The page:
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Syllabus:

# Data preprocessing and visualisation, 7.5 Credits

Swedish name: Bearbetning och visualisering av data

This syllabus is valid: 2024-01-01 and until further notice

Course code: 5DV217

Credit points: 7.5

Education level: First cycle

Main Field of Study and progress level: Computing Science: First cycle, has less than 60 credits in first-cycle course/s as entry requirements
Mathematical Statistics: First cycle, has less than 60 credits in first-cycle course/s as entry requirements

Responsible department: Department of Computing Science

Established by: Faculty Board of Science and Technology, 2021-01-13

Revised by: Faculty Board of Science and Technology, 2023-06-19

## Contents

The objective of Data Science is to enable society, companies and citizens to understand and use the ever-increasing amount of collected data in ways that make it possible to detect potential problems or improvements to the current state of affairs. Data Science should also empower humans to estimate and understand the potential result of different actions. There's a saying about "lies, damned lies, and statistics", which expresses the fact that data-based statistics can be presented in very convincing ways even when the conclusions are false. This course attempts to teach how to detect such false information and ensure more ethical use of Data Science

One example of practical use of Data Science is analyzing and presenting epidemic-related data and statistics in correct and human-understandable ways so that decisions and actions can be taken based on rational information. Data Science methods are also used for estimating effects of actions for reducing global warming, dimensioning road networks, choosing where to install new shopping centers or restaurants, optimizing the energy usage of buildings, …. To put it shortly, Data Science is one of the most crucial domains for deciding how our current and future society is to be built. More and more companies are also coming to realize the importance of Data Science. Regardless of industry or size, organizations that wish to remain competitive in the age of big data need to efficiently develop and implement Data Science capabilities or risk being left behind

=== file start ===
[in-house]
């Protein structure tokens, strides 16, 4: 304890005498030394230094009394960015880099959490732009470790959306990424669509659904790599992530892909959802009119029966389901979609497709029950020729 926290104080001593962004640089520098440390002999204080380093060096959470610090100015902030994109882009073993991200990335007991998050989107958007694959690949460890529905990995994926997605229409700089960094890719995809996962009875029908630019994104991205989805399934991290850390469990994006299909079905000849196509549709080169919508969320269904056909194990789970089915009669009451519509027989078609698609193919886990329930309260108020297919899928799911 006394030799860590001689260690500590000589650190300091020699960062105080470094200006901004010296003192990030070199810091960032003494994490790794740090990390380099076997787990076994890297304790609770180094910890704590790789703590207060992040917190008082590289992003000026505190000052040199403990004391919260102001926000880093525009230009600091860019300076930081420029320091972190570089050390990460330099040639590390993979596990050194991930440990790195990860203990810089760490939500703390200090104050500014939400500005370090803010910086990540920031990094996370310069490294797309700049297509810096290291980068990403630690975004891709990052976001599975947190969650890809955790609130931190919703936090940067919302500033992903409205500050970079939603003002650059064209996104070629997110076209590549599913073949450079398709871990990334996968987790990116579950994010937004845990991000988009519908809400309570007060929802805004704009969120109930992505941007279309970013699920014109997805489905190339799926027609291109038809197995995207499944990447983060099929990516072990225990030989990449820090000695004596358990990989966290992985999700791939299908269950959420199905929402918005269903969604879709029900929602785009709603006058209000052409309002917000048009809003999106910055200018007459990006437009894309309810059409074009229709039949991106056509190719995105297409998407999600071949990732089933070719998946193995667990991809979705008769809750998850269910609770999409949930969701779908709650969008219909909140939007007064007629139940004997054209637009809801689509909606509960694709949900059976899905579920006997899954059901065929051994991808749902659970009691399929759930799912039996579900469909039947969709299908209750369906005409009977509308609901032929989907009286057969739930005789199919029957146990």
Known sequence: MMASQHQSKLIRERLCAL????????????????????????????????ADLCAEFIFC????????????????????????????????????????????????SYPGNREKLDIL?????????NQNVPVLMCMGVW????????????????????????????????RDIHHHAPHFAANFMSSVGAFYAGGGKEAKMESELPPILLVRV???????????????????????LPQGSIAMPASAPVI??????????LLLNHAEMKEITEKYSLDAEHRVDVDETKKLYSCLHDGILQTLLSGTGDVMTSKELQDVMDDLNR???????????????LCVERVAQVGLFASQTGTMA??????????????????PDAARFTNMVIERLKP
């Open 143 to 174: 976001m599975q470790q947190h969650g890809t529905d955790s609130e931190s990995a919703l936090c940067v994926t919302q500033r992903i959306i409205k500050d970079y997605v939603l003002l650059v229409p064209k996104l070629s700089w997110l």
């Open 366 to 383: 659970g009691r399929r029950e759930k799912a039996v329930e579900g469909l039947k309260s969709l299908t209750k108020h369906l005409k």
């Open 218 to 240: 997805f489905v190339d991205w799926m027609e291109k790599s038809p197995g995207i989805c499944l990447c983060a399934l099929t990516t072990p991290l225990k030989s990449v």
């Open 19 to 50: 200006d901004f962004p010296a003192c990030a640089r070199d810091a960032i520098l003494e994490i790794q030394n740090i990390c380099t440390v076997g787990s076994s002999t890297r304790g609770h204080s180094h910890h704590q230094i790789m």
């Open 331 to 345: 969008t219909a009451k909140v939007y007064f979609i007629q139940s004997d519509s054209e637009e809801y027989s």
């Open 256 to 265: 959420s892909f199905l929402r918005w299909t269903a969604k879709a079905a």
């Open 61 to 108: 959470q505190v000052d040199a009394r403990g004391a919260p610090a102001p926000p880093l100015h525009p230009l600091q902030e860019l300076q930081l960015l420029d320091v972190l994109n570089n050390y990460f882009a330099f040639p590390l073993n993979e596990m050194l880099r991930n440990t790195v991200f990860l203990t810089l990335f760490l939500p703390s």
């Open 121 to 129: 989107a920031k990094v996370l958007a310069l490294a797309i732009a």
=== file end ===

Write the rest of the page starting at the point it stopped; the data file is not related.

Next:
Module 1, theory, 4.0 credits.
This course on data preprocessing and visualization provides an introduction to the domain of Data Science. The students will learn how to import, manipulate and preprocess data coming from various real-world data sources with the objective to present it in ways that allow gaining insight into the underlying systems or phenomena. Preprocessing of data may produce improved insight into the meaning of data by statistical measurements, presented as numerical tables that summarize the data in various ways. However, in most cases, humans tend to understand visual presentations of data better than purely numerical presentations. The course will teach how to use basic data visualizations such a point and line plots, bar charts, histograms, boxplots and violin plots. 3D visualization techniques will be taught, as well as how to use maps and images for data visualization.

Various data analysis and machine learning methods will be used but the underlying theory is beyond the scope of this course. The intention is to make the students proficient with how those methods can be applied in real-world settings encountered in industry and society in general. This is why lectures are accompanied by exercises where students practice applying some of the methods treated during lectures.

The course mainly uses the R programming language, so students will learn the basics of R. Also included is an introduction to how data preprocessing and visualization methods can be used in the Python programming language.